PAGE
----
I think I was born to be a writer. Not because I can form pictures out of words like John Steinbeck. Not because I can create characters that you remember and fall in love with like Wally Lamb. Not because I have a deep understanding of similes and imagery like F. Scott Fitzgerald. Not because I can craft a poem that says something more than the actual words in the poem like Emily Dickinson. Not because I can make an entire magical world come alive like J. K. Rowling.
I don’t excel at any of that. That’s not what makes me a writer. Let’s get real…I’m a mediocre writer at best.
But still, I’m a writer.
It’s taken me years to be able to say that. Years to realize you don’t have to get paid for what you write to be a writer. No one even has to read your work. Does the tree in the forest make a sound if no one is there to hear it? Why yes, yes it does. And you can be a writer without a following, a writer without a fanbase, a writer even if you are the only one reading your work.
Me? I’m a writer because there are sentences that drift in my blood begging to be written. This very blog post was penned at midnight, just as I was about to crawl into bed. My husband was asleep, and I was exhausted and desperate for rest after a day’s worth of mothering, but I suddenly knew what I wanted to say for this first post and how I wanted to say it and the nagging of the words couldn’t be ignored. I had to write. That’s not all that make me a writer, but when words demand to be written and I listen and I write them, then I am a writer.
Years ago, I discovered blogging in one of my darkest hours. I was three weeks post-miscarriage, struggling to conceive our second child. I had been a writer for most of my life, since writing that first lousy poem that my teacher raved about in the fourth grade. Through childhood and adolescence, I felt compelled to write constantly. I can recall escaping the boredom of household chores and the loneliness of a being an introverted only child by crafting characters, and dialogue, and story arcs in my head and then on paper. In college, I majored in English and studied the works of famous writers and learned how to find my voice in writing. I learned how to write for real and how to edit for real. I learned the pain of pouring your heart into something, only to delete all of it but one single, powerful word because the rest of it was garbage.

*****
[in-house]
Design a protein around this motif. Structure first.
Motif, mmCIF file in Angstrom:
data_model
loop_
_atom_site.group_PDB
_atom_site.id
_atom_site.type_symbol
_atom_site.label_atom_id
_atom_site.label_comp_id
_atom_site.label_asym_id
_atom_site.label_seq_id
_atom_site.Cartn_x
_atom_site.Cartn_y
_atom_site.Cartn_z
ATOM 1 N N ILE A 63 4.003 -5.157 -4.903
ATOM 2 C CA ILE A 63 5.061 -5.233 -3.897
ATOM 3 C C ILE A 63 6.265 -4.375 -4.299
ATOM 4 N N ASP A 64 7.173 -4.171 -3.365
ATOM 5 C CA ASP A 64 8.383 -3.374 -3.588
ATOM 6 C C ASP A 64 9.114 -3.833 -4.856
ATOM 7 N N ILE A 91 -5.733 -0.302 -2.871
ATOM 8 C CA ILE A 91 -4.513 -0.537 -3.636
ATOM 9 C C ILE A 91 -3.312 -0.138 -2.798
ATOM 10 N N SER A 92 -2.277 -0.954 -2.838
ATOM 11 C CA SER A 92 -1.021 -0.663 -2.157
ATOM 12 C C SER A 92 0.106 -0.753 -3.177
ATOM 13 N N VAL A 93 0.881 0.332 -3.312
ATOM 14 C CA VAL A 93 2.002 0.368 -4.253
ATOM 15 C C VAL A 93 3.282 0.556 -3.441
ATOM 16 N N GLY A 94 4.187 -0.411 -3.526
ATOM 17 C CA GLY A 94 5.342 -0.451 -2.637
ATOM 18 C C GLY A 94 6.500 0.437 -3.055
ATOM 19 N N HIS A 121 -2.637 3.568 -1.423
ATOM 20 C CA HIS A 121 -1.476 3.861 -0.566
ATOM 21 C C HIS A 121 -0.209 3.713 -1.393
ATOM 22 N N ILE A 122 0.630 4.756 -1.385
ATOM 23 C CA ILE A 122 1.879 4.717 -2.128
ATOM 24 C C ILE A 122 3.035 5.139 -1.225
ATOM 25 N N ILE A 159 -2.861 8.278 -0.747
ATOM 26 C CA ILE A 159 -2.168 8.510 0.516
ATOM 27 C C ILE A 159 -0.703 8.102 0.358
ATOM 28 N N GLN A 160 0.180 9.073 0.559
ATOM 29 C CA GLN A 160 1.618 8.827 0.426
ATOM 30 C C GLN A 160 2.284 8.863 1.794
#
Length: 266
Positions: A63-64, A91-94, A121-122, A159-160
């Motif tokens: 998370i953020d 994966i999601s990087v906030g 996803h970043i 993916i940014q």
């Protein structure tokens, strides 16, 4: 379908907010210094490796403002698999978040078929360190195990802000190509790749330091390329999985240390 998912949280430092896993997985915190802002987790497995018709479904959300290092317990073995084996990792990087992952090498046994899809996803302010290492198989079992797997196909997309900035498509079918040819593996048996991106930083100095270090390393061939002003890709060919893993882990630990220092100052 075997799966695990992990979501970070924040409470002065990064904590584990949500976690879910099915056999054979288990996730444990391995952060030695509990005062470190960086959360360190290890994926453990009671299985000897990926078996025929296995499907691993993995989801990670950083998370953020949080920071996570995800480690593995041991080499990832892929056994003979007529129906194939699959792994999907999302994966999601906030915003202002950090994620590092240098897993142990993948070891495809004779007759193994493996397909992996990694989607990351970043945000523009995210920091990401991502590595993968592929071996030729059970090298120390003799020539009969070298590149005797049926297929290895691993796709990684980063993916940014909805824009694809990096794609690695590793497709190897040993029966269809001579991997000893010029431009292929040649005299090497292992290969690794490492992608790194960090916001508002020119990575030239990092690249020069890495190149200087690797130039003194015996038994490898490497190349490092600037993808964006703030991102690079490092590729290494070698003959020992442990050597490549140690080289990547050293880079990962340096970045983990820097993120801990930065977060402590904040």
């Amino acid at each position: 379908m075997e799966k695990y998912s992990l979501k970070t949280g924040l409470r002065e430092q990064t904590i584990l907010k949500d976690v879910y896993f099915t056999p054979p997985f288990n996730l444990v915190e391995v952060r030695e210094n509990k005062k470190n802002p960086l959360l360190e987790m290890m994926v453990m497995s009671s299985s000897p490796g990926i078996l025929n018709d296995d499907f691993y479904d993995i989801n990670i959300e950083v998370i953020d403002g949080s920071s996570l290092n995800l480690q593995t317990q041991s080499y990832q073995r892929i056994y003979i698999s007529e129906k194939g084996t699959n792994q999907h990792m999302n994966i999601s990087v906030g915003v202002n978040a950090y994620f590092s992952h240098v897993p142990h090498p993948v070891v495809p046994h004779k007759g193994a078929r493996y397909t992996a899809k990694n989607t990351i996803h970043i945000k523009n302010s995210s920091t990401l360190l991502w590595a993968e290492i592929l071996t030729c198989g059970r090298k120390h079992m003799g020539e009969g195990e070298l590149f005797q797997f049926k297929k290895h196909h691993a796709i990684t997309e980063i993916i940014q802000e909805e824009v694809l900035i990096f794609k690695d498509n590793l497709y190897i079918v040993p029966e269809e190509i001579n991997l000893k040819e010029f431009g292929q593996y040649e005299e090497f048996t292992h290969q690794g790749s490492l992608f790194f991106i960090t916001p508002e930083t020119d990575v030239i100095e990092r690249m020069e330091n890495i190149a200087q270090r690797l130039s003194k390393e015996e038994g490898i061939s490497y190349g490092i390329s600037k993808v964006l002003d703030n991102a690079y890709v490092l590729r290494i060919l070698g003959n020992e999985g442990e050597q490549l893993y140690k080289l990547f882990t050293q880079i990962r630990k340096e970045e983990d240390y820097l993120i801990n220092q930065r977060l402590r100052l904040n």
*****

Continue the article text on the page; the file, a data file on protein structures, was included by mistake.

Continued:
And then I graduated, got a job I hated, got married to a man I loved, started trying to have a baby, moved across state lines, had a baby… And I forgot about writing. Or maybe I didn’t forget about it, but I ignored the call. It’s a cliché, but in motherhood, I lost a piece of myself. I was tired and overwhelmed and I had no choice but to neglect the writer in me as I tried to keep a tiny human alive for the very first time.
And then I lost a baby.
I lost a baby and I was bitter and broken. I had to purge the grief somewhere. There’s truth in the image of a tortured artist. I was desperate. I was raw. My pain was ugly and my art wasn’t always pretty. But the words poured out of me fast and furious and, as much as it hurt to release them, I found healing in doing so. I had let writing go years before, and yet it found me again when I needed it the most.
And so here I am once more. I’m a wife and a tired mother, still in the trenches, still praying for grace, but I can feel that the seasons are changing. Things feel different now, I feel different, and the call to keep writing is strong. As with all things in life, there is an ebb and flow to the words, and I don’t know how often I’ll be here. I don’t know what this blog will become, if anything, or who will read it, or if that matters. I don’t even really know what I’ll say, though I hope I can craft something beautiful , curate all my thoughts in one place, give voice to the pain and beauty of being a woman, a mother, and a human being.
I don’t know if that’s possible or if I’ll be very good at it, but what I do know is that I am a writer and so I have to write, if only for me. What I do know is that writing feels like an old friend, familiar and safe. Even when I find the process miserable and I find myself angry with my inability to say what I want to, I write because it makes me feel human, and whole, and seen, and known. I write because it gives me life.